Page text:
Mary, Eileen and Susan

Many people did their part for Elsa yesterday. Scott Prior and his wife, Nanny Vonnegut, who own and maintain ‘Elsa’s Garden’ in Heath, invited neighbors and family for a tour and champagne toast to a beloved relative and friend. Cousin Stan read a section of Kipling’s poem Glory of the Garden with that famous line, “such gardens are not made
By singing:–“Oh, how beautiful!” and sitting in the shade . . .”
Then we all trooped over to Jan and Cal’s barn, surrounded by a beautiful garden,  for a feast organized by Elsa’s nephew Jake and his wife Susan. Chief among this group were Elsa’s former grade school students, honorary daughters, Marie and Nicole who took major responsibilities for Elsa’s care in the years after her husband’s death in 2000.

A special treat of the evening was listening to a recording Nicole had made of Elsa reading the opening chapter of Dicken’s Bleak House. Elsa read Great Expectations to her fifth and sixth grade class every year – a wonderful choice for students at that age – and Elsa was wonderful reader.  It must be admitted that the sound of a loved one’s voice is evocative and heart breaking.

Today is Muse Day. I had forgotten, but a friend emailed me a poem by Mary de la Valette this morning that seemed serendipitous.  Kipling noted in his poem that  “Oh, Adam was a gardener, and God who made him sees
That half a proper gardener’s work is done upon his knees.”  A very young Nicole  who spent her summers with Elsa in her ‘summer camp’ found that she could have Elsa all to herself if she joined her in the garden  while everyone else still slept. One morning she asked Elsa if she liked teaching or gardening better. Without hesitation Elsa answered “gardening.”  It
may have surprised and angered young Nicole who wanted to be much more important to her beloved teacher than an old garden, but it is clear to me that the garden was a sacred place for Elsa.

I do not have to go
To Sacred Places
In far-off lands.
The ground I stand on
Is holy.

Here, in this little garden
I tend
My pilgrimage ends.
The wild honeybees
The hummingbird moths
The flickering fireflies at dusk
Are a microcosm
Of the Universe.
Each seed that grows
Each spade of soil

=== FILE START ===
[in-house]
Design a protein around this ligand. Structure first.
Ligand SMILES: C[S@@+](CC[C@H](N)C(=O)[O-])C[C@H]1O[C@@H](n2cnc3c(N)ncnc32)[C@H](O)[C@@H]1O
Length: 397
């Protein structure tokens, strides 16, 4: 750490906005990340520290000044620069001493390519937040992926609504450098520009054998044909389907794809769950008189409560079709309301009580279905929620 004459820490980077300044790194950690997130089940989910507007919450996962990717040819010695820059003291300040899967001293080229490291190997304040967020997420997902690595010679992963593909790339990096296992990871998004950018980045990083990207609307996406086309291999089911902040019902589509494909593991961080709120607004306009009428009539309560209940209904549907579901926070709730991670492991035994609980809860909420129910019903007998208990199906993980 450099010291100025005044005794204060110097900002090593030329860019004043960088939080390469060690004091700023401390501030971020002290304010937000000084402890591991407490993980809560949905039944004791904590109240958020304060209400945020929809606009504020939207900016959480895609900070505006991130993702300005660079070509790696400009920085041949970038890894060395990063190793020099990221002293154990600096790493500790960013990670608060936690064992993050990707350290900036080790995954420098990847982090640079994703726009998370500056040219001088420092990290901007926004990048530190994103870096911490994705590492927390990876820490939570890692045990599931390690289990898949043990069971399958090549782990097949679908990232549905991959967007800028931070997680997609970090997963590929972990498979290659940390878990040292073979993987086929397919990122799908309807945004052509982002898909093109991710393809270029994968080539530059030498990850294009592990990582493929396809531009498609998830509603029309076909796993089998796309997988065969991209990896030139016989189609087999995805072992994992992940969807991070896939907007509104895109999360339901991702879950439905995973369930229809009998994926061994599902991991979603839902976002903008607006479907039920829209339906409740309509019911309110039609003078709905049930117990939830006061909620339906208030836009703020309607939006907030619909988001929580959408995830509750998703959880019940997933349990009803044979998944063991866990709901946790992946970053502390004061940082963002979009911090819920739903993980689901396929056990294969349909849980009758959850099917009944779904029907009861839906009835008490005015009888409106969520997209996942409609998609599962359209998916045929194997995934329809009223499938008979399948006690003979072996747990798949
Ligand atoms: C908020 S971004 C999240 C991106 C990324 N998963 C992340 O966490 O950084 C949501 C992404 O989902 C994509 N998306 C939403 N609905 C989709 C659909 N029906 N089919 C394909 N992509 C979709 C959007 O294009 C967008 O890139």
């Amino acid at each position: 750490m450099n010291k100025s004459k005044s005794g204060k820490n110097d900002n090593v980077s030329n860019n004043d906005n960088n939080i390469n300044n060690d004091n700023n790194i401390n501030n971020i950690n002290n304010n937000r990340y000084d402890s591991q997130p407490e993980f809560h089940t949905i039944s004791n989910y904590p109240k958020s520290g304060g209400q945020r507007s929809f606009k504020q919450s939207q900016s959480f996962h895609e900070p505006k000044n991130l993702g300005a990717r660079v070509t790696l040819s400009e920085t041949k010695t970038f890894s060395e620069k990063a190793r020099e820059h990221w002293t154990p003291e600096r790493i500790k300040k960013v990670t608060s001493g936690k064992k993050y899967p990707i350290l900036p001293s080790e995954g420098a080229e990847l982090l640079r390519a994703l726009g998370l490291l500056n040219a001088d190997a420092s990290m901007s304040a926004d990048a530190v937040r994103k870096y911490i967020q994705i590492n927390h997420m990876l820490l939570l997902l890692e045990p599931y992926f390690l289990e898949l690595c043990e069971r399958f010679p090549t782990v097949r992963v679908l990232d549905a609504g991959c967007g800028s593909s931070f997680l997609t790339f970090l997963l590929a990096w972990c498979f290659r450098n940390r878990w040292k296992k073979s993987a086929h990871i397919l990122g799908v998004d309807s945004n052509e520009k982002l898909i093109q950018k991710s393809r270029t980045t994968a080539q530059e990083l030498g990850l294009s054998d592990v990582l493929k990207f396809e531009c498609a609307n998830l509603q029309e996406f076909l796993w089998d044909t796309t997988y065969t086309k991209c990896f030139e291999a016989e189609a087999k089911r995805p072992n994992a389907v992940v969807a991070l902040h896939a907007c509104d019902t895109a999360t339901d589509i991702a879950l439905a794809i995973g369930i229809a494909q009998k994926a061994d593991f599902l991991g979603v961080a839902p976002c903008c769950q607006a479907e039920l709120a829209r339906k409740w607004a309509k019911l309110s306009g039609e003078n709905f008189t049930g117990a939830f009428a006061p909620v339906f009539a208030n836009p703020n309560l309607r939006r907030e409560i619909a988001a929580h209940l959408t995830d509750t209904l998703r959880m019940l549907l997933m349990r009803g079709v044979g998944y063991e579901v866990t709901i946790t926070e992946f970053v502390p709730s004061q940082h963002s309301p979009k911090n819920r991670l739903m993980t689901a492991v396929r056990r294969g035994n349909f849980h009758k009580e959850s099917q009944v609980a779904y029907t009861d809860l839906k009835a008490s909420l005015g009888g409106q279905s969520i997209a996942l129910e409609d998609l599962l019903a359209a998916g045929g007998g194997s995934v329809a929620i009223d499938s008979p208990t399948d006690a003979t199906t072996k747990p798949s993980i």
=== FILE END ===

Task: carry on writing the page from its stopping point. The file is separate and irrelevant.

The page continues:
Is full of miracles.

And I toil and sweat
And watch and wonder
And am full of love.
Living in place
In this place.
For truth and beauty
Dwell here.

I thank Carolyngail for making me stop and consider other muses the first day of every month.

Elsa Bakalar’s Garden

Horticulture Magazine January 1987

In 1985 (could it be that long ago?) Elsa Bakalar,  my Heath neighbor and friend, and I started writing an article about color in the garden for Horticulture magazine.  One summer day in 1986 the brilliant photographer, and gardener, Garry Mottau arrived in Elsa’s garden at dawn. That’s when I learned about the importance and desirability of that early morning light for photography. I even got to hold a piece of shiny Thermax to throw some gentle light on Elsa’s face, or the flowers she was  working with.  That was another photography lesson for me.  The article finally appeared in the January 1987 issue of Horticulture Magazine. Elsa was the cover girl!

At the end of the story you will see a note saying that Elsa and I were writing a book together. I bombed out, but Elsa not only wrote her book, with her beloved husband Mike’s editorial support and advice, she started criss-crossing the US,  in demand as a garden speaker, well known for her wit and humor as well as her knowledge.

Several years ago, after her husband’s death, Elsa sold her house and garden to noted artists  Scott Prior and his wife Nanny Vonnegut. Nanny confessed that she lets Scott handle the garden, which he maintains with the help of Jeff Farrell.  Jeff  worked with Elsa in her garden for a number of years. Among other things he is a now a member of the Trillium Workshops trio; they have arranged tours of this garden for those who want to enjoy a fabulous, riotous country garden that is also sophisticated and inspiring. The next tour is July 18, and the final tour is on Sept. 19.  It is best to sign up early.

Horticulture never forgot Elsa’s beautiful garden. The results of their revisit are in the new issue, with an interview with Scott and Nanny. More photos!  Horticulture has made it possible to download the original story by clicking on

http://hortmag.com/upload/images/mediakit/ElsaBakalarGardenp.pdf.

You can see the new story by Jane Roy Brown with photos by Bill Regan by picking up the August/September issue. If you live close enough you can even visit with Jeff Farrell and see the garden ‘in the flesh’.

Elsa passed away this winter. I wish she could have seen her garden’s return to the pages of Horticulture magazine. She would have enjoyed it, and she would love knowing people still have the pleasure of visiting her garden and learning from it.

Thirty Years Between the Rows

How has your garden changed in 30 years?  How has your life changed in 30 years?

As a person who moved every two or three years (on average) for the first four sevenths of my life, I was stunned to realize that Henry and I have been in Heath for 30 years! And that means, that on May 22, today, I celebrate my 30th anniversary as garden columnist for The Recorder.

It was a happy day for me when Bob Dolan hired me to write a local garden column for the new Leisure tabloid section that The Recorder planned. The garden season was beginning and so was my first Heath garden.  My plan that first spring was to put in a huge vegetable garden. We got one of our new neighbors to come and plow up a big section. I don’t remember the measurements, but it was more than we were able to plant. Do you think I have learned to make my garden a manageable size?  Not really. Which means I sympathize with everyone who has big plans and little time.